Hearing loss due to loud noise is very common in both adults and children. Noise-induced hearing loss from excessive workplace noise is a major concern for those working in mining, with heavy machinery and in factories.
Other means of exposure to loud sounds occur via recreational shooting, loud personal music players, concerts and clubs are loud enough to damage your hearing if you have to raise your voice to talk to others, others voice sound muffled, you have ringing in your ears.
Your employer or Workplace Health and Safety Officer are obliged to make changes to reduce your exposure to loud noise by switching to quieter equipment if needed, making sure you are not exposed to loud noise for prolonged periods. You should also ensure to wear adequate hearing protection, such as earmuffs or custom-made earplugs, based on the amount of noise you are exposed to.
2. Regular Hearing Screening
If you have noticed reduction or recent changes in your hearing or other people are telling you that you are missing lots of conversations, it’s important you schedule an appointment with your nearest audiologist for appropriate care. If you have lost your hearing, you can take actions to prevent further hearing loss.
3. Hearing Aids
If you have hearing loss, stimulate your auditory pathways with amplification devices, such as hearing aids or cochlear implants. If hearing loss is left untreated, it can alter the way your brain process sounds for long-term.
This is also known as auditory plasticity. What this means is just like other muscles in the body, our brain can atrophy when auditory processing centres become impaired. Recent research has indicated that wearing hearing aids delay the onset of dementia.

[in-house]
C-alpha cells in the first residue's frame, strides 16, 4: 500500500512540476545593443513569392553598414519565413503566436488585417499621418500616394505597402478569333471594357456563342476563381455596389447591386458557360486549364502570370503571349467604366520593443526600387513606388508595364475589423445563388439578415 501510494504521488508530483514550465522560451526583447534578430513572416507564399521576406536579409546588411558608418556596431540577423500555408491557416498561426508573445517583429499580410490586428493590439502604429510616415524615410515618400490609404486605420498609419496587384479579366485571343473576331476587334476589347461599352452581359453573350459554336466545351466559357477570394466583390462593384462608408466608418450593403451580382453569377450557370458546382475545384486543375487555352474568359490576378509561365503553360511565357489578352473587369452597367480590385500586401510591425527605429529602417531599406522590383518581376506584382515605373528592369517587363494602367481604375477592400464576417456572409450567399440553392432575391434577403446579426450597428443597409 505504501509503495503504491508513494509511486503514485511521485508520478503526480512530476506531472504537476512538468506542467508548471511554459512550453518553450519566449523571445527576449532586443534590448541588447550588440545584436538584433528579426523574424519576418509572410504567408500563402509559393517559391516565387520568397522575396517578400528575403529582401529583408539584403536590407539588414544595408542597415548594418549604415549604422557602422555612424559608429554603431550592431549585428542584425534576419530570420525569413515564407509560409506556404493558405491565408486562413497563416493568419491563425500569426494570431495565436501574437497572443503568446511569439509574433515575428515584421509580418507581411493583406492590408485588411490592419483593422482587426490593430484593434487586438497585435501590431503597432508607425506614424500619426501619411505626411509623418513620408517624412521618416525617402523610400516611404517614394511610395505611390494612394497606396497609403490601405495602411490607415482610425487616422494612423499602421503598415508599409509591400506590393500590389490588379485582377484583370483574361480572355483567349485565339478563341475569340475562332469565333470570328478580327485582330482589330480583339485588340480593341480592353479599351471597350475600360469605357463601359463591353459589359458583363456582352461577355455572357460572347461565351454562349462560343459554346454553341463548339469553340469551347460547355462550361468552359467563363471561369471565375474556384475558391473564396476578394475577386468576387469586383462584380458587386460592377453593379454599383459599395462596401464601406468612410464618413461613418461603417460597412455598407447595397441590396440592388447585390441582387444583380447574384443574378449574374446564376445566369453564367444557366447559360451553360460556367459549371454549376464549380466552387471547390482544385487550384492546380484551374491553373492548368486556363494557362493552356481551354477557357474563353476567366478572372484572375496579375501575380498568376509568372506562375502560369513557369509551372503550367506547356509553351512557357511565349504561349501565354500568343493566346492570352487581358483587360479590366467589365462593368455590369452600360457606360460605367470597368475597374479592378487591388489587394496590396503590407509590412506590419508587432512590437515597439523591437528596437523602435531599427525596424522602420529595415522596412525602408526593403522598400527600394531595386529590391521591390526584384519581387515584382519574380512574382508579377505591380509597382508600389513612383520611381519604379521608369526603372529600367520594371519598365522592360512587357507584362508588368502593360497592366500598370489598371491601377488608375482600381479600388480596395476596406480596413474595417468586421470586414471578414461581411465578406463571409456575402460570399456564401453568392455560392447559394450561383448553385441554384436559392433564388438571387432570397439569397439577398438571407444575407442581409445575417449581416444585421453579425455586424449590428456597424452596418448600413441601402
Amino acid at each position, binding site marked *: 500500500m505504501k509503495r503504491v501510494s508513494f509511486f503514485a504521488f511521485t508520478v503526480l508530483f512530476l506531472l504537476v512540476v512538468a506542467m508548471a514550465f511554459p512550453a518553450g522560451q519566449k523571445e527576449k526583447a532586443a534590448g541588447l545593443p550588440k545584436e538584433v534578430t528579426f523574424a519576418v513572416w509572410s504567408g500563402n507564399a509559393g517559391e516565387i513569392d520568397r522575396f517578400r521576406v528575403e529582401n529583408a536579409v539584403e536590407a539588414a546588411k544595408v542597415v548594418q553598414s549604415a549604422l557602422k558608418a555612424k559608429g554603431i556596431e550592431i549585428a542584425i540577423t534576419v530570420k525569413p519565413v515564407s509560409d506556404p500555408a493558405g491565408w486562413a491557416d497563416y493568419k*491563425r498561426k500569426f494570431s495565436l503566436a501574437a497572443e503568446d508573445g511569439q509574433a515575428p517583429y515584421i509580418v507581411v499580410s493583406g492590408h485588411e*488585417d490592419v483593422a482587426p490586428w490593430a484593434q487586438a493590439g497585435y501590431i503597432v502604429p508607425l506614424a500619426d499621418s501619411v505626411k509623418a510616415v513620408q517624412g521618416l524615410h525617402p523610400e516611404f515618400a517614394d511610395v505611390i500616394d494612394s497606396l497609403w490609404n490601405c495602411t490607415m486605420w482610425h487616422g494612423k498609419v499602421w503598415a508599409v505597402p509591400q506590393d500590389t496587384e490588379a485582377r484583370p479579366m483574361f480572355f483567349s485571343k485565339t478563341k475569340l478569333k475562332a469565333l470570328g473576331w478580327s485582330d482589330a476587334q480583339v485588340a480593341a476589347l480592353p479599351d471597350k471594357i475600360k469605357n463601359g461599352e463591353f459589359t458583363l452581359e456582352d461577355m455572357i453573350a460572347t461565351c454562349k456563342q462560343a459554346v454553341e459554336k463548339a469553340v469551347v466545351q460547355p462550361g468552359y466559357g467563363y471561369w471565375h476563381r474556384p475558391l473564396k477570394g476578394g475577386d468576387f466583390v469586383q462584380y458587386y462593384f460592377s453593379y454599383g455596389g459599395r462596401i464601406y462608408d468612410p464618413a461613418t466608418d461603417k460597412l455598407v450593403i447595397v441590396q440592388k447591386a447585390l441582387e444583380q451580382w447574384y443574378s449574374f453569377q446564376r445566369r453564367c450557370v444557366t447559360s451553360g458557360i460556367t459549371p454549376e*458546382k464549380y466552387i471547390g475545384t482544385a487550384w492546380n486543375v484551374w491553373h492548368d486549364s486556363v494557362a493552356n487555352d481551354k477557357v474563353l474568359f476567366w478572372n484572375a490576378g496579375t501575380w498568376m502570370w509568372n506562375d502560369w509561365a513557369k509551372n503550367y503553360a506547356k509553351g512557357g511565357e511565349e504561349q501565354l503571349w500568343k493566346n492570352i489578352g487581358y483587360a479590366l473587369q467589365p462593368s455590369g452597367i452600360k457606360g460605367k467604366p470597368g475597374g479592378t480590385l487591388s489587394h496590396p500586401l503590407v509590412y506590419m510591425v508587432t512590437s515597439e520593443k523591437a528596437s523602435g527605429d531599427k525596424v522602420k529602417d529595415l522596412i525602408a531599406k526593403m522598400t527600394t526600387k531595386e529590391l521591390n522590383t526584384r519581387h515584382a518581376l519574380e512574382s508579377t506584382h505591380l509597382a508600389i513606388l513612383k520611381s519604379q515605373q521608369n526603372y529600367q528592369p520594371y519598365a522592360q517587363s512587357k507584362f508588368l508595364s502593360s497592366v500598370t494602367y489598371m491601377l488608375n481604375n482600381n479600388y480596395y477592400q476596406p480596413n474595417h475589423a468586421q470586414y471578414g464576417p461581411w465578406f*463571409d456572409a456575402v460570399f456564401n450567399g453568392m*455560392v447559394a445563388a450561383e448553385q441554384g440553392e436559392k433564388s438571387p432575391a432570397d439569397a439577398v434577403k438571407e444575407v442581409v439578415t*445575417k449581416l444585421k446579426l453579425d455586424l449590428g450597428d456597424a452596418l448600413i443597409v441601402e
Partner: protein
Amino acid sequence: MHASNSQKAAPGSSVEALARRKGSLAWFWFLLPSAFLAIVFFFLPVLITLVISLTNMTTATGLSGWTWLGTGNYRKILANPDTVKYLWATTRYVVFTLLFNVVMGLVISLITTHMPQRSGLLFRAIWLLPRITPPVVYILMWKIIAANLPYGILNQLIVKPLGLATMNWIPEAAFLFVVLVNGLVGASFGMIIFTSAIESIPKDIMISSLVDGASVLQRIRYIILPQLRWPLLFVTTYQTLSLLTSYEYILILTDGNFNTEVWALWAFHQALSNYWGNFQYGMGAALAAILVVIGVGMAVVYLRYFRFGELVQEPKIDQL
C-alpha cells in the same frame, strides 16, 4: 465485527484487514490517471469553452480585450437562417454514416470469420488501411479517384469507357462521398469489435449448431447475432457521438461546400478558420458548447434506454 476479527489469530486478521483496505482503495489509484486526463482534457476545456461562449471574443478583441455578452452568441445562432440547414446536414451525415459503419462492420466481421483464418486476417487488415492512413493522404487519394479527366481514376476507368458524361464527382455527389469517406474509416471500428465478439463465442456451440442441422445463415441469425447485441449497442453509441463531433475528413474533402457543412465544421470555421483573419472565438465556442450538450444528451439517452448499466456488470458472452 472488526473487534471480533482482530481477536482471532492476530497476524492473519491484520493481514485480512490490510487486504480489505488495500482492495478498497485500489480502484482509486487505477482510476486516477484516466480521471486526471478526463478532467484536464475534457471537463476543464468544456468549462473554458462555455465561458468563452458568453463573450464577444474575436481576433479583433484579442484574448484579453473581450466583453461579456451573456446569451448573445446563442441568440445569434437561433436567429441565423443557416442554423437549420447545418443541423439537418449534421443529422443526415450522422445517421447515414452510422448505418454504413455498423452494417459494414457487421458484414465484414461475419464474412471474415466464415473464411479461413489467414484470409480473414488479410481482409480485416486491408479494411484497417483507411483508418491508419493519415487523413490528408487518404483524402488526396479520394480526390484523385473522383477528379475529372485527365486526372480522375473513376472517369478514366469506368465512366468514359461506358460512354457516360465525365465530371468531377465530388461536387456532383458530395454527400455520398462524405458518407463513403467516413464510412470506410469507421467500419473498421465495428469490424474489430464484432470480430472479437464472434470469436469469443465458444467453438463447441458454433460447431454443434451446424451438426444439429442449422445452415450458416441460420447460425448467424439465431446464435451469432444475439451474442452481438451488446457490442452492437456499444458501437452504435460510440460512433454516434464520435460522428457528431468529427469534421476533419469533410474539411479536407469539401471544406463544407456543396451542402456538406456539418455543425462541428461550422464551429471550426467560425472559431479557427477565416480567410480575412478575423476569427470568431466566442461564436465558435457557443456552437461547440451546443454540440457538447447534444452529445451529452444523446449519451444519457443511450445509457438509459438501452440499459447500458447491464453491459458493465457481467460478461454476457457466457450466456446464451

Treating hearing loss also offers other benefits including staying socially connected to society, which in turn is key to improving mental and physical wellbeing.
4. Listen to TV and Radio at a Safe Volume
According to the World Health Organization, 1.1 billion teenagers and young adults worldwide are at risk for noise-induced hearing loss from unsafe use of personal audio devices and live concerts. As earbuds direct the sound into the ear, they are more dangerous compared to the overhead headphones.
Simple steps like listening to music at safe volume are established by most mobile phone manufacturers to preserve your hearing health. So, you can limit your exposure to harmful noise levels by knowing how long, how loud and how often you are exposed to loud noise.
5. Give Your Ears Time to Recover
Make sure you are giving your ears a break from constant noise as noise exposure is cumulative. For example, if you are attending a three-day music festival, make sure you are taking small breaks regularly to reduce the overall time you are exposed to noise.
6. Keep Your Ears Dry
Excess moisture allows bacteria to inhibit and spread infection inside the ear canal. As a result, your ears may feel itchy or even painful. When you are swimming or showering, make sure you also dry your ears with a towel or tilt your head to side and tug on your earlobe to gently coax the water out.
These few proactive steps might be the key to preserve your hearing health for the long-term. If you have any further questions, please contact the team of friendly and qualified audiologists at Attune Hearing. With over 50 accredited clinics Australia-wide, we are the number one hearing-healthcare provider in the country. Book your hearing test today!